Peace lilies are popular houseplants known for their elegant white blooms and glossy, dark green leaves. They are relatively easy to care for, making them a favourite among novice and experienced gardeners.
Like any other plant, peace lilies may experience issues, such as drooping leaves, particularly after being repotted.
Common Reasons for a Drooping Peace Lily after Repotting
Transplant shock occurs when a plant experiences stress due to a sudden change in its environment, such as moving from a small pot to a larger one.
The plant may take some time to adjust to its new home, leading to drooping leaves.
How to treat transplant shock
Be patient and give your peace lily time to adjust to its new environment. Avoid overwatering or fertilising during this period, as it may cause additional stress.
The plant should recover within a few days to a couple of weeks.
Overwatering or Underwatering
Watering issues are another reason for your peace lily wilting. Overwatering can lead to root rot, while under-watering can cause the plant to become dehydrated.
Both conditions may cause the leaves to droop.
How to water peace lilies properly
Monitor your plant’s water needs carefully. Water your peace lily when the top inch of soil is dry, and avoid letting it sit in standing water.
Use a well-draining soil mix to help prevent overwatering. If you suspect under-watering, water the plant thoroughly and monitor it closely to ensure it receives adequate moisture.
It is possible to inadvertently damage the roots of your peace lily during the repotting process.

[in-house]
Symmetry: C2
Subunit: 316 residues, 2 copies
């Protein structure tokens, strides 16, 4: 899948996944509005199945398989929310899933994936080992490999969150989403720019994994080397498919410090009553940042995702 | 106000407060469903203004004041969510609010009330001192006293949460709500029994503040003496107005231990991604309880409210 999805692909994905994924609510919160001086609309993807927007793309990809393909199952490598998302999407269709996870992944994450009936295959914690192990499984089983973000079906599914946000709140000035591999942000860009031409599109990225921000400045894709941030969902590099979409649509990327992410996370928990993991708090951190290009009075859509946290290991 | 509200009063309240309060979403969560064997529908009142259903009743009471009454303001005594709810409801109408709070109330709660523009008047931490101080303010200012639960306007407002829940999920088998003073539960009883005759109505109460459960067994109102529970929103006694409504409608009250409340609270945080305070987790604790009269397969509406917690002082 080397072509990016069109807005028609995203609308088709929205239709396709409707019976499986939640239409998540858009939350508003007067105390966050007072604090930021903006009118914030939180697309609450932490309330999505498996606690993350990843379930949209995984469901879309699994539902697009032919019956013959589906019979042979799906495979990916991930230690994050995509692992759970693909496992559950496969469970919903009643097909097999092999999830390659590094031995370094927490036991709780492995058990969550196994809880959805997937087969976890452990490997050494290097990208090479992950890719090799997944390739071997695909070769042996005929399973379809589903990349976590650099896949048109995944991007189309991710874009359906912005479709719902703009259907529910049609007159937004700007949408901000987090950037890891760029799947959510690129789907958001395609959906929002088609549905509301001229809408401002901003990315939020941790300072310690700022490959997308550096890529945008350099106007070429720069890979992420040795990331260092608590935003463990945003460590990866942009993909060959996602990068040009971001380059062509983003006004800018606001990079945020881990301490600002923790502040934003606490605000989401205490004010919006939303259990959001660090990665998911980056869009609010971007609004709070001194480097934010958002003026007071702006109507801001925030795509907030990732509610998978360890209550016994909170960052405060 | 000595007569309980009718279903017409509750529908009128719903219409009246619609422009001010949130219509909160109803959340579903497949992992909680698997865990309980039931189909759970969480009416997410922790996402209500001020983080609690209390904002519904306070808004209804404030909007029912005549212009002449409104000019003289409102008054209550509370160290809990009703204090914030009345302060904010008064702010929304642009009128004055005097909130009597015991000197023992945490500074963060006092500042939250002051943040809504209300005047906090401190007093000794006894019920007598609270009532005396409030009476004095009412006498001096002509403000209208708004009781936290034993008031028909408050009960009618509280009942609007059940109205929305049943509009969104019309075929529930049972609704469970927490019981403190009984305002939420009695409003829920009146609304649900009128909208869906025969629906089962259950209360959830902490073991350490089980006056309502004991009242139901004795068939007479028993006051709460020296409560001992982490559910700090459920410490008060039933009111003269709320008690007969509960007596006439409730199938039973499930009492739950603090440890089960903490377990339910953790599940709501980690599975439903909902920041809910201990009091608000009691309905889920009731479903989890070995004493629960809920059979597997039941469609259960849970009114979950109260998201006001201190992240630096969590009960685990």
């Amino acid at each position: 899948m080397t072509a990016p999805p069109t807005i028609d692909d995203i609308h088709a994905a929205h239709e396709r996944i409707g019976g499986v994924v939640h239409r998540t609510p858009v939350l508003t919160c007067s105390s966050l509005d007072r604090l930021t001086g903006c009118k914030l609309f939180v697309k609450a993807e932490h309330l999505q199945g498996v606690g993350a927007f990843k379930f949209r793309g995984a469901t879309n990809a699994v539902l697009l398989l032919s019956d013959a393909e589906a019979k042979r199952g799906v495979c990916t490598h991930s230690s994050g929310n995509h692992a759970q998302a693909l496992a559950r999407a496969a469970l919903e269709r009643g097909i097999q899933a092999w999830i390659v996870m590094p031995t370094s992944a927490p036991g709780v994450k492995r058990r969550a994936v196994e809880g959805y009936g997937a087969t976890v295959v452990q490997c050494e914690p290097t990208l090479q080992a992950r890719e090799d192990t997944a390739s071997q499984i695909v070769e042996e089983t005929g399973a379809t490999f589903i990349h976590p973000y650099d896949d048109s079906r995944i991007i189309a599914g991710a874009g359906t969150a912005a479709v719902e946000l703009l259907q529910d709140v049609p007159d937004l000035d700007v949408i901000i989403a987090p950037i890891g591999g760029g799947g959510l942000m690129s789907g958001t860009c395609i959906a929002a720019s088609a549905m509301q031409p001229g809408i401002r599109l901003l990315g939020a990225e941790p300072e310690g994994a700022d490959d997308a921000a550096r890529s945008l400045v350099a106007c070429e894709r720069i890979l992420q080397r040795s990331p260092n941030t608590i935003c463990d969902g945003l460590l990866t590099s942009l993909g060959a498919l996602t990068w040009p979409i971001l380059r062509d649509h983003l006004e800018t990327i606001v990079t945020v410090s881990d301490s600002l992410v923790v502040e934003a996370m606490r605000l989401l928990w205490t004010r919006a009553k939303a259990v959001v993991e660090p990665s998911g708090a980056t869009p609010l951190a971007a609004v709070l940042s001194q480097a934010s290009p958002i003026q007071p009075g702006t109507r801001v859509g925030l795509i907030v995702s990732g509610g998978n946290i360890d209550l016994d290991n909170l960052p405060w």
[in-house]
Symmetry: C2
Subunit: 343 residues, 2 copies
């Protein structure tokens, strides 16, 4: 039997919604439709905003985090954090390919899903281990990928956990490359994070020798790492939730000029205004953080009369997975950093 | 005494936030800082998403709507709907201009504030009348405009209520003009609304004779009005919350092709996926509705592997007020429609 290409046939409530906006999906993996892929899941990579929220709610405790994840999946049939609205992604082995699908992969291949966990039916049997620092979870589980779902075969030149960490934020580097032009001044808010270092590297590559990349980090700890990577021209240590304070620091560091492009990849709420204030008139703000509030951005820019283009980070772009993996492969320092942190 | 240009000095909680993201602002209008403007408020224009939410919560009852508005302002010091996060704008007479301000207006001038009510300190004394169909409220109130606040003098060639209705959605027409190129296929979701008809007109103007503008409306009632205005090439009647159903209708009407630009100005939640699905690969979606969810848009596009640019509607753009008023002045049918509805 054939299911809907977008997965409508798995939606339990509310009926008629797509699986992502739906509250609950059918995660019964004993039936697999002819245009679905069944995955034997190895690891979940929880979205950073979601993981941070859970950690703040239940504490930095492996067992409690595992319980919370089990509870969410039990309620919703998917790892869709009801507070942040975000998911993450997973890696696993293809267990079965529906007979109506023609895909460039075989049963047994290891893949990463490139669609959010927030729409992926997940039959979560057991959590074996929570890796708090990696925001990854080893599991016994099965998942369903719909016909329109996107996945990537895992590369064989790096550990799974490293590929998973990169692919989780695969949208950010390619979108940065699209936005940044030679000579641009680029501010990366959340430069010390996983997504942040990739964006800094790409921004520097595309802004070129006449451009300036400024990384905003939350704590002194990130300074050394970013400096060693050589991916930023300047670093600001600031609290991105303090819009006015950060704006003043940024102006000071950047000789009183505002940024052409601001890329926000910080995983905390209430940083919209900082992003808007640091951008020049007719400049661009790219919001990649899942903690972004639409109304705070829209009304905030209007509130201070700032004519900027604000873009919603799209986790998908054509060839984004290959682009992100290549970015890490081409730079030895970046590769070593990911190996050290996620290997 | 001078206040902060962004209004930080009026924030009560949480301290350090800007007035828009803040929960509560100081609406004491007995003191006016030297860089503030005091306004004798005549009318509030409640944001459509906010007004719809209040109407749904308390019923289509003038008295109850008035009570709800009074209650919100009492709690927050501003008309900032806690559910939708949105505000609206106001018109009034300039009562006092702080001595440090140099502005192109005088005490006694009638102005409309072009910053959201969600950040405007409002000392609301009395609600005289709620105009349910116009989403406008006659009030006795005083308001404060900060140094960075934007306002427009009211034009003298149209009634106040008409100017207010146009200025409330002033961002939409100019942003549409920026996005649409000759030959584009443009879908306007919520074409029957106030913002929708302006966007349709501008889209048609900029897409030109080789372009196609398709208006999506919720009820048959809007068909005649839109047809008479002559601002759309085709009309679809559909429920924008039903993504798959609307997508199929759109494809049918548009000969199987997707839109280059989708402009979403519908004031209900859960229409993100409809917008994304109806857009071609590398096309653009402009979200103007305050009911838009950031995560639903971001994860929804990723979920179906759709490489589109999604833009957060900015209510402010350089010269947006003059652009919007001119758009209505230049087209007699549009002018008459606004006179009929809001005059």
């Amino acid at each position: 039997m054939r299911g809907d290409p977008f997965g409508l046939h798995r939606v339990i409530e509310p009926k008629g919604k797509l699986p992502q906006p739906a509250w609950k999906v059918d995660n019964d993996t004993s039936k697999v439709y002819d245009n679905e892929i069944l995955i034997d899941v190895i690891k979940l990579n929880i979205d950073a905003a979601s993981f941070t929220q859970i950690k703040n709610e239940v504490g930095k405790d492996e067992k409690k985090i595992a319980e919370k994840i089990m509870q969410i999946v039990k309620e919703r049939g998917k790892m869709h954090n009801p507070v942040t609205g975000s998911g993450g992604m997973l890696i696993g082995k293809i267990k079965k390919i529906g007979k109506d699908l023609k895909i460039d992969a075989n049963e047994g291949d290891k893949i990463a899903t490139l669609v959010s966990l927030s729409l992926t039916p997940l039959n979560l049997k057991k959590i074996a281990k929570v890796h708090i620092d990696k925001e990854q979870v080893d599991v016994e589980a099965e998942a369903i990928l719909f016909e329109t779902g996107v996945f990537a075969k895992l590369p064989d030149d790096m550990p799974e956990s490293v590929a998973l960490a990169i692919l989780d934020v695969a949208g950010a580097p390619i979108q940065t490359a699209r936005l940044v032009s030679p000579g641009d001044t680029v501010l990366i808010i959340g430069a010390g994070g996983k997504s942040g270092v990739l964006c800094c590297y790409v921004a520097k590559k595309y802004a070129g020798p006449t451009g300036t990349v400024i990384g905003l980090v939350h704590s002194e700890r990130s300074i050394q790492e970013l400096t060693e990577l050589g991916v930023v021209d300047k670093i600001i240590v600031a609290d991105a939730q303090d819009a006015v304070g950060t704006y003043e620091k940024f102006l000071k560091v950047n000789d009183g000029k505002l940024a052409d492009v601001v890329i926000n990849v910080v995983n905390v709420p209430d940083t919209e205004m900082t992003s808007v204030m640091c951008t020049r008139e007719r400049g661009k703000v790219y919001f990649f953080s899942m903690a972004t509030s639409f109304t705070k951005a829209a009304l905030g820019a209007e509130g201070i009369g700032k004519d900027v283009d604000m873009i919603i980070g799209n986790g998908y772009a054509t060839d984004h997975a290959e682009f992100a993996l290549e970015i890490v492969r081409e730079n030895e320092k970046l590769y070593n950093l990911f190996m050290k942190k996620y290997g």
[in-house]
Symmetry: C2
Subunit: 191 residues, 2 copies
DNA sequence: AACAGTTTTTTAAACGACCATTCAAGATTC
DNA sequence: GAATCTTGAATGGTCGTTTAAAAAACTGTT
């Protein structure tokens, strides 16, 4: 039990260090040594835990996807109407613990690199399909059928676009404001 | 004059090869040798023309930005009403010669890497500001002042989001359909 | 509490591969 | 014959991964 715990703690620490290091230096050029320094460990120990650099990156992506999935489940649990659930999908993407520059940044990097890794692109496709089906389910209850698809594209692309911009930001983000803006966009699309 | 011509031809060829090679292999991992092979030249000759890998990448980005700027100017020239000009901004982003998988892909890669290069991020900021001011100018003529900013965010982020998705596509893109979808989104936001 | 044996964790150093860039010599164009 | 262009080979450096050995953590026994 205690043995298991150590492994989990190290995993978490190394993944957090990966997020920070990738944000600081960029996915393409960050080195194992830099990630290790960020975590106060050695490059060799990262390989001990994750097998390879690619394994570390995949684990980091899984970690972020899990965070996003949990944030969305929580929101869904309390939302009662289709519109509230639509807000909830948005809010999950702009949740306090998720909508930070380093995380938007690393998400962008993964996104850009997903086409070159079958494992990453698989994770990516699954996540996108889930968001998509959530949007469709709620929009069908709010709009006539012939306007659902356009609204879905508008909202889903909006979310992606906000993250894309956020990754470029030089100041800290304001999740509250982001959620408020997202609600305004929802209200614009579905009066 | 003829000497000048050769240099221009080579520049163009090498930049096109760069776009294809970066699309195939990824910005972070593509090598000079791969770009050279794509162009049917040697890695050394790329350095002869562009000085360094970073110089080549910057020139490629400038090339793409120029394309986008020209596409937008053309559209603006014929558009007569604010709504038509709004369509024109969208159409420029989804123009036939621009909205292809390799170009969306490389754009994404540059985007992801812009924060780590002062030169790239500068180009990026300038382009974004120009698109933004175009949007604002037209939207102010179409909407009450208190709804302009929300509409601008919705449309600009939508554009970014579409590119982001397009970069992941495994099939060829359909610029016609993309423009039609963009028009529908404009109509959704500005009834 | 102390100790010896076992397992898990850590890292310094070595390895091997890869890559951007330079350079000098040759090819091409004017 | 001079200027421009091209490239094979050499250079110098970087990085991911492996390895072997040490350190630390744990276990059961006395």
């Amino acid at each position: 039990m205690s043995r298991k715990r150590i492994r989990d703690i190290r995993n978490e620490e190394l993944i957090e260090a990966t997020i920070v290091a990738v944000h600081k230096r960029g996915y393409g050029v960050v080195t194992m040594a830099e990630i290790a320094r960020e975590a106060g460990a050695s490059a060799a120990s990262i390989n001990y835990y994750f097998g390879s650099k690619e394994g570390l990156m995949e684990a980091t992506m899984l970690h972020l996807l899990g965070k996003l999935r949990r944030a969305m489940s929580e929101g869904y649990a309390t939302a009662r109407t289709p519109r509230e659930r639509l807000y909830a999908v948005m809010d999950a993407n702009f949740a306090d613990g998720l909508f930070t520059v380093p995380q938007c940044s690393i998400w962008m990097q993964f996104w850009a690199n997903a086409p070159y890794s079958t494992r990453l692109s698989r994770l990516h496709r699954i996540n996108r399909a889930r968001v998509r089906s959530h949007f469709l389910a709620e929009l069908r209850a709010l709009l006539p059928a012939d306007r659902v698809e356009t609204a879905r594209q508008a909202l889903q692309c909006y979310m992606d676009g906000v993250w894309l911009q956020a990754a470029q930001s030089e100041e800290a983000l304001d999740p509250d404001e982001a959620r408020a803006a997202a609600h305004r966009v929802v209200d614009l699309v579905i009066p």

Damaged roots may struggle to take up water and nutrients, causing the plant to wilt and the leaves to droop.
How to prevent damaged roots
When repotting, be gentle when handling the root system.
If you notice damaged roots, trim them with clean, sharp scissors or pruning shears before planting. This will encourage new root growth and help the plant recover more quickly.
Poor Soil Quality
The soil mix used during repotting can significantly impact your peace lily’s health. A poor-quality soil mix may not provide the necessary nutrients or drainage, leading to drooping leaves.
How to amend the soil for your peace lily plant
Use a high-quality, well-draining potting mix specifically designed for houseplants. We recommend Planthood’s blend perfectly suited for peace lilies.
Too Much Direct Sunlight
When a repotted peace lily is placed in direct sunlight, its leaves can turn brown or yellow, curl up, and eventually droop. This is a sign of scorching, which can damage the plant.
How much light keeps a peace lily healthy?
To prevent this, placing your peace lily in a location that receives bright, indirect light is recommended. It can tolerate low light conditions, but its blooming may be less frequent.
Cut back any scorched leaves to allow the plant to focus its energy on new growth. Over time, with appropriate light and care, your peace lily should recover.
How to Keep Your Repotted Peace Lily Healthy
To minimise the risk of drooping leaves after repotting, consider the following preventative measures: